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Long-Term Changes Brought on by COVID-19

There has been much written of late about the effects of COVID-19 on the pharma industry, such as articles published by Axtria (see various posts on the Axtria Research Hub and Axtria Blogs. The question this blog addresses is simply what are the categories of long-term changes brought on by COVID-19 to the pharma industry? Not all long-term changes are necessarily those directly caused by or attributed to COVID-19.

This blog lists three categories of long-term changes brought on by COVID-19 to the pharma industry, with specific examples given in each grouping as noted below:

  1. Long-term changes brought about directly from COVID-19. These changes include:

    1. Reduction in direct sales force contacts with healthcare professionals (HCPs). While a good portion of direct sales rep-physician contacts will return, there will be a permanent loss of in-person engagements. 
    2. Movement to digital channels and indirect (virtual) engagements between industry personnel and HCPs as a result of a permanent decrease of in-person engagements between sales reps and physicians.
    3. Increase in the use of telehealth medicine between HCPs and patients. How will this shift in engagement affect the quality of care and health outcomes? The use of analytics can investigate these relationships and provide insights on how pharmaceutical companies can assist physicians in treating their patients.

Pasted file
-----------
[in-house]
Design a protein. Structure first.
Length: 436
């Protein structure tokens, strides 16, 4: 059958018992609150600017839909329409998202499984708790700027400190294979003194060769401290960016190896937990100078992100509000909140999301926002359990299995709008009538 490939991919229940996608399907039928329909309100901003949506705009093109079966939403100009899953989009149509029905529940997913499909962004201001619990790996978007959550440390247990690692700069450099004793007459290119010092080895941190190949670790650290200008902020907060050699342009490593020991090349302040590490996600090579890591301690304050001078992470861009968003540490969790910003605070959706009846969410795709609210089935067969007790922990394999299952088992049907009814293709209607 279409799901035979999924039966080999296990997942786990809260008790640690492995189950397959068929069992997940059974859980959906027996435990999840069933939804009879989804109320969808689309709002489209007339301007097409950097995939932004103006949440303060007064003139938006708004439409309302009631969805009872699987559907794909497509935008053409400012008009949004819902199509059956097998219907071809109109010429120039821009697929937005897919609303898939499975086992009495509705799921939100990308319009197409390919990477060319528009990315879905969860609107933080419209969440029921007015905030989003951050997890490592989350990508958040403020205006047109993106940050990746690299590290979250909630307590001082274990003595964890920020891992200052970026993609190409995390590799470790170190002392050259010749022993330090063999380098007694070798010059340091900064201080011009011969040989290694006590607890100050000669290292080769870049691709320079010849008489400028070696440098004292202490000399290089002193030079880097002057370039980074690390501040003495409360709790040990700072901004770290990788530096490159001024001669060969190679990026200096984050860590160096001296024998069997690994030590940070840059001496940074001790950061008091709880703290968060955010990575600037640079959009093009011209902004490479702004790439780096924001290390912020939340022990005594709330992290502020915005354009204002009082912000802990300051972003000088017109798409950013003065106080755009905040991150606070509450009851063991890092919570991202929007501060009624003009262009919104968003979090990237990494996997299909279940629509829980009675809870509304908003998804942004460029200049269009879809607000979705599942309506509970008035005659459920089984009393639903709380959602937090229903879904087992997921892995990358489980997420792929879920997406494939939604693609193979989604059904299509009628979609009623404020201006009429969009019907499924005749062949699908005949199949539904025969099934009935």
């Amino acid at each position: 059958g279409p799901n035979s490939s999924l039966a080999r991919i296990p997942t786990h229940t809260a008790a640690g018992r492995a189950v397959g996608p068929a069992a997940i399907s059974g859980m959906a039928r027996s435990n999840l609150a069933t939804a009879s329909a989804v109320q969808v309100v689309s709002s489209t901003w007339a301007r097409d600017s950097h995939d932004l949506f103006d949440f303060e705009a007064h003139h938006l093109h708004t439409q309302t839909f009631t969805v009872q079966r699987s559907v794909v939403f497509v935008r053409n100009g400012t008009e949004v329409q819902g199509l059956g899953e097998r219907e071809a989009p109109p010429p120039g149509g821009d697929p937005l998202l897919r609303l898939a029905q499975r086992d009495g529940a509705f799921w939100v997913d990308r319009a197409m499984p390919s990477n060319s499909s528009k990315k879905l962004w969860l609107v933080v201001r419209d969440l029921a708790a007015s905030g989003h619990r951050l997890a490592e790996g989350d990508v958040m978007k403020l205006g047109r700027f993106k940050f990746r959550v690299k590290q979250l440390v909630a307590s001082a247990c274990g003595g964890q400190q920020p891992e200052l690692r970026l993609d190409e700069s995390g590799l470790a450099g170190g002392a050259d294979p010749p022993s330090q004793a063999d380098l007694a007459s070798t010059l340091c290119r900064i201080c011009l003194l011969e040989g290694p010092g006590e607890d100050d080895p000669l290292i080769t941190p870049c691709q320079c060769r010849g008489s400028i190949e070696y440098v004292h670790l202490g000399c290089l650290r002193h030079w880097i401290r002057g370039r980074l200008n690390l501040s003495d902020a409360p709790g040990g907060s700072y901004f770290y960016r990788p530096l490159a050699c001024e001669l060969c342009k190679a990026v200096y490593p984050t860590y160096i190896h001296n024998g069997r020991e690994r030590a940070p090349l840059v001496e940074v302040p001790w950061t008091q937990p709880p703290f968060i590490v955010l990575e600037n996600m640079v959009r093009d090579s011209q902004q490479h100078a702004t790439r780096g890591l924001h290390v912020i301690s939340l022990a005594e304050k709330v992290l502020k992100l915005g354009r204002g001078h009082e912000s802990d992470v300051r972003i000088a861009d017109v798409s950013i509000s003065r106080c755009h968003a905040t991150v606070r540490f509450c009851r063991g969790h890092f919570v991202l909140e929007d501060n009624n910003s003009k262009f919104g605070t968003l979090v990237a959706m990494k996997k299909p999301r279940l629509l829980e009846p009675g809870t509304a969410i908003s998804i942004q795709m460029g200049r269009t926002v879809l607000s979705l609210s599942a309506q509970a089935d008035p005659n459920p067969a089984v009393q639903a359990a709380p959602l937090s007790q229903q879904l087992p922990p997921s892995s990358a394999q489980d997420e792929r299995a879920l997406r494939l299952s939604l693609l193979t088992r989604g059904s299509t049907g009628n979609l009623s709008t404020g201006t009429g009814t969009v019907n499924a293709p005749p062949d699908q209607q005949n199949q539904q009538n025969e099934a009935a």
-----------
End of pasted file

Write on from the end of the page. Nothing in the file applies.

4. Increase in the use of analytics to estimate contact/engagement response relationships given the preceding changes. Current promotion-response models are focused on measuring the effects of the number of contacts on dollar sales or prescription (Rx) volume. Empirical models will need to be adapted to reflect a different objective function (e.g., outcomes vs. Rxs) and different measurements on promotion activity (e.g., customer engagement vs. primary detail equivalents (PDEs)).
    5. Changes in sales force strategy outcomes (sales force size, structure, and allocation) and sales operations outcomes (territory alignment, call planning, objective setting, incentive compensation, sales reporting) given changes in the access of sales reps to HCPs.
    6. Push to increase US self-reliance on the source for active pharmaceutical ingredients (APIs) and more broadly decrease dependency on China in the pharma supply chain.1 Legislation from Congress will likely accelerate this push through supply chain regulations on the pharma industry.
    7. Change the nature of work within pharma companies from gathering in a central location to working virtually.2 This change is not unique to pharma companies. However, one challenge here is the importance of idea creation and innovation in the pharma industry for sustained and future success, especially in R&D. How does a pharma organization maintain the cultivation and innovation of new ideas, which generally comes out of a process of interpersonal collaboration and interaction?2 Can this be sustained virtually?
    8. Change pharma R&D focus from anti-cancer to anti-virus drugs.3 While this effect may still be too early to see, the emphasis that pharma companies have invested in developing vaccines and therapeutic treatments may mean non-virus R&D projects are put on hold.